Suicide. The very mention of the word conjures up uncomfortable feelings in us. While it may be comforting to believe that suicides do not occur very frequently, or that when they do occur it happens in other families, neither of these beliefs are necessarily true.
On an annual basis, suicide consistently ranks as one of the top 10 causes of death in this country, and in fact, there are more suicides than homicides on a yearly basis (1997 data documented suicide as the 8th leading cause of death, with homicide ranked 13th). On average, a suicide occurs about every 17 minutes. Roughly 30,000 Americans die by suicide on a yearly basis. During the years 1972 through 1997, there were roughly 765,000 reported suicides in America. Locally, vital statistics data document that there were 330 reported suicides in Harris County in 1995, representing 1.1% of all resident deaths. In 1996, there were 340 reported suicides in Harris County, representing 1.8% of all resident deaths. Individuals that die by suicide range in age from the young to the very old, they come from different ethnic backgrounds, and from all economic levels.
After the suicide of an important person in our lives, we feel shocked and shaken. Nothing in our past could have prepared us for this truly shattering event. How to cope with this terrible news? It couldnt be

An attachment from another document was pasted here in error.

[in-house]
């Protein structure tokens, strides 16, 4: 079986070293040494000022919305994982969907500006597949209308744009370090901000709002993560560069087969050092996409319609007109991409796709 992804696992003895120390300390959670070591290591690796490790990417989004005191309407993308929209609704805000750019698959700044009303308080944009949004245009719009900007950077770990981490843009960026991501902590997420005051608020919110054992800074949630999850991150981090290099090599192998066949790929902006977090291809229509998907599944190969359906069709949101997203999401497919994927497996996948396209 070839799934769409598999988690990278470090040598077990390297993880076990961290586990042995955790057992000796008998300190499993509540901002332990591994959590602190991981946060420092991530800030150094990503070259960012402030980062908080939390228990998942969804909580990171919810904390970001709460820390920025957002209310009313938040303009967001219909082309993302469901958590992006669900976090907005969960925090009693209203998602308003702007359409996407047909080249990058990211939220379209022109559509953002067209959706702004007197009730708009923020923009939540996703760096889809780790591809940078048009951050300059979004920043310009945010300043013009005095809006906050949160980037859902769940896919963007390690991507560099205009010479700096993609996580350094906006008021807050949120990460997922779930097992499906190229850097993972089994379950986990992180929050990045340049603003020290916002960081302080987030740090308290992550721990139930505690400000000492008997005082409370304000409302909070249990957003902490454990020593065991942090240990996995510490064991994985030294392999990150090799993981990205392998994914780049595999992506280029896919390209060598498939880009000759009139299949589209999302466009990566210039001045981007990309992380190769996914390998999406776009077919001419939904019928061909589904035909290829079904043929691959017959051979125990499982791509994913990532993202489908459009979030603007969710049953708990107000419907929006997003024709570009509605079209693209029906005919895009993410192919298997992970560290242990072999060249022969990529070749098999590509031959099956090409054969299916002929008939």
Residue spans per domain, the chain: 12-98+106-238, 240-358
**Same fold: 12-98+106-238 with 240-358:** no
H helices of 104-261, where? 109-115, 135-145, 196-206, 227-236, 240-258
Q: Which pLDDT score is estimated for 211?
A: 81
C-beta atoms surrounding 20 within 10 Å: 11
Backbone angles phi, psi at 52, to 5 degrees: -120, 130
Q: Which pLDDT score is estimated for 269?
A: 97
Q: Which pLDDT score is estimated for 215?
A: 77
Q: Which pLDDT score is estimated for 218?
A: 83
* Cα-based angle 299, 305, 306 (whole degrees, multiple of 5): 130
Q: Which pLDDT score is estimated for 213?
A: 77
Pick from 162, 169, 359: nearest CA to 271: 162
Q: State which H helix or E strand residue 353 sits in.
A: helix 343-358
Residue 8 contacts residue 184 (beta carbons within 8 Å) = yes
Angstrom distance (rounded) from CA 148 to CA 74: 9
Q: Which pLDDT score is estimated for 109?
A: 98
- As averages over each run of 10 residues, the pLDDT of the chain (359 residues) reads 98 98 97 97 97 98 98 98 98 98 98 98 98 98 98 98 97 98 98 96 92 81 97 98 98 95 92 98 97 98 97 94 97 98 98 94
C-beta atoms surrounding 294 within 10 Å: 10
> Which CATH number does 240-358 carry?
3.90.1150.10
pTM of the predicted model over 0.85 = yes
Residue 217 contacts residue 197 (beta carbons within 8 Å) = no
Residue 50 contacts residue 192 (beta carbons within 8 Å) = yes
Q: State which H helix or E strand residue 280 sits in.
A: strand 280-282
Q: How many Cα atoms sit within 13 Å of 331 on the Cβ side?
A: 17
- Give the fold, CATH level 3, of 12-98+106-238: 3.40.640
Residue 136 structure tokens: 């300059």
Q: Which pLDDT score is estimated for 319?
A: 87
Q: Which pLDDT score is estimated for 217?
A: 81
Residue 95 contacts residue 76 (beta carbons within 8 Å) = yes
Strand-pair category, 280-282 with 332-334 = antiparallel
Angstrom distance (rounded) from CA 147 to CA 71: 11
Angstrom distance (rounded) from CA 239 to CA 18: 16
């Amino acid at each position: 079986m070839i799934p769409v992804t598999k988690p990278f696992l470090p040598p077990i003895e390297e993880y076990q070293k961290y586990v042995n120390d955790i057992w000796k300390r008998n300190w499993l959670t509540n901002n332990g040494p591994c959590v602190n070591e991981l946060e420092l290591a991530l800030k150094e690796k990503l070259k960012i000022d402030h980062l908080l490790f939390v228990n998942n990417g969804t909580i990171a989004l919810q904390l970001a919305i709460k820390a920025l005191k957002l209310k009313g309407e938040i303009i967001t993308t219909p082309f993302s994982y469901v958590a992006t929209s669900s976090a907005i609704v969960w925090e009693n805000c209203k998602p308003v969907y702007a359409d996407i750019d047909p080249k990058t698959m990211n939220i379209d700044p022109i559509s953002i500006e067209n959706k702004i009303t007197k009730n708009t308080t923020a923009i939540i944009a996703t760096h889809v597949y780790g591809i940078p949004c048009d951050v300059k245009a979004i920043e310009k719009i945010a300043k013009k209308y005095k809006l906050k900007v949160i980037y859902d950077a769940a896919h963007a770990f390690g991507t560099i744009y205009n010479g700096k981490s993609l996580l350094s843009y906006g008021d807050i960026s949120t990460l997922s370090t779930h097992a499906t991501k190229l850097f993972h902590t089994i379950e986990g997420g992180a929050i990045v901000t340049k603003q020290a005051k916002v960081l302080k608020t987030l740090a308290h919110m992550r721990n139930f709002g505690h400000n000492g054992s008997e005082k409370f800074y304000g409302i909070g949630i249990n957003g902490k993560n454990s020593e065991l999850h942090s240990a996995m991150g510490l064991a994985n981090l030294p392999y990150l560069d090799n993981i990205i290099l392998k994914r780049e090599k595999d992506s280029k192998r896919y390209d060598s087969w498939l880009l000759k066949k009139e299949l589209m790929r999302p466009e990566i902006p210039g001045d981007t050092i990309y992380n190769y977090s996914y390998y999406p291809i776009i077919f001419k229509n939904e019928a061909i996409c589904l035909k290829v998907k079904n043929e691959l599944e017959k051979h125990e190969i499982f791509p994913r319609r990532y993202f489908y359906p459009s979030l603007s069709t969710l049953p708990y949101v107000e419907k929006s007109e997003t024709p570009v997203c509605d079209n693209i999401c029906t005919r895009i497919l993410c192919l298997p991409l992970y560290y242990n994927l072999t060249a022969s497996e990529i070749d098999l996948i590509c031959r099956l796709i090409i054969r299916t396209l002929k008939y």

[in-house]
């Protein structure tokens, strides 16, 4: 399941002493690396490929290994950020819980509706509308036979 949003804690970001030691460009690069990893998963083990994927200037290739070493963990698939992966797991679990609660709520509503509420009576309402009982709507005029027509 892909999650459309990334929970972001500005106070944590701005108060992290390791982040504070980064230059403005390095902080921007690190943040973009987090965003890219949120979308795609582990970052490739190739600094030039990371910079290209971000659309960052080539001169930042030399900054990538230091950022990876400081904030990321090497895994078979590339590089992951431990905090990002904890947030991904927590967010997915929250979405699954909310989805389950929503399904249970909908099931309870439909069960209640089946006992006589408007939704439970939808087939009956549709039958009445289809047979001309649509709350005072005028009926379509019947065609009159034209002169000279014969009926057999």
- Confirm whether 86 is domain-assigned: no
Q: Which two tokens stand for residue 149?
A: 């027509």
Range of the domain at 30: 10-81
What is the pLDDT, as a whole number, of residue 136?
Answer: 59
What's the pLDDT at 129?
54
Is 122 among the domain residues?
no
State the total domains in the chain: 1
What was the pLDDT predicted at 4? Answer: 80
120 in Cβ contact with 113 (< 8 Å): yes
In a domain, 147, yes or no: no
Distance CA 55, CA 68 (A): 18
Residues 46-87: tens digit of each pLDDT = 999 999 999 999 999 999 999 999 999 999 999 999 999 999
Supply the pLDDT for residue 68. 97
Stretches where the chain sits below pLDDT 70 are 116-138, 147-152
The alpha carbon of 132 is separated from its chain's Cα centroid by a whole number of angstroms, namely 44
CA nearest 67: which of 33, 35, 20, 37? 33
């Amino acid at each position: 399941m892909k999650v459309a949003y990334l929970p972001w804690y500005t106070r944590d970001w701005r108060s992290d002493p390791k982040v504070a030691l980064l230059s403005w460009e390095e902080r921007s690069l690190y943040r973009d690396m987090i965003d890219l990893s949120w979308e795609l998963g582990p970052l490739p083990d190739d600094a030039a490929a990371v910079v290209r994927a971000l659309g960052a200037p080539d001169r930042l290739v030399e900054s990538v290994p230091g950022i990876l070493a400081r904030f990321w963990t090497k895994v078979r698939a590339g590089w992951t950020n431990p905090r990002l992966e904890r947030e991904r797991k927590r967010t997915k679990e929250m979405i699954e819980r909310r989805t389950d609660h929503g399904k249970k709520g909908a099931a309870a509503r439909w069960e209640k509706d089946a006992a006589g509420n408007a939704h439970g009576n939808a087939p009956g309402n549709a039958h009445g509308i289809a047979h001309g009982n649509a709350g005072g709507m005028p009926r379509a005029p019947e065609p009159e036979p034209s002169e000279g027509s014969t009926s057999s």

When it is true, when suicide touches our lives, we begin a grief process that many have described as torturous. Those who have lost a loved one to suicide are termed survivors, and we number into the millions in this country alone (number of survivors estimated at 4.5 million, or 1 of every 59 Americans). I say we, because I too am a survivor of suicide, having lost my mother when I was much younger. Since that moment in my life, I have traveled on a road toward survival, assisted greatly in my course by the loving presence of some very special people. I have also become keenly interested in suicide prevention and in tending to the needs of those who have suffered a similar loss. In my current practice, I have a special interest in providing grief counseling and support to those similarly touched. As I have walked down the road, and witnessed the courage that others have shown in the face of their losses, I know that this type of loss need not cripple us forever. The journey is hard, but not impossible. There may be times when the struggle of it all seems too much to bear, times when we doubt that we will ever make it. It takes a tremendous amount of courage to trudge onward, continually seeking to make sense of what is typically viewed as a senseless and wasteful loss of life. If you have touched by suicide, know that you are not alone. You are a member of a large community indeed.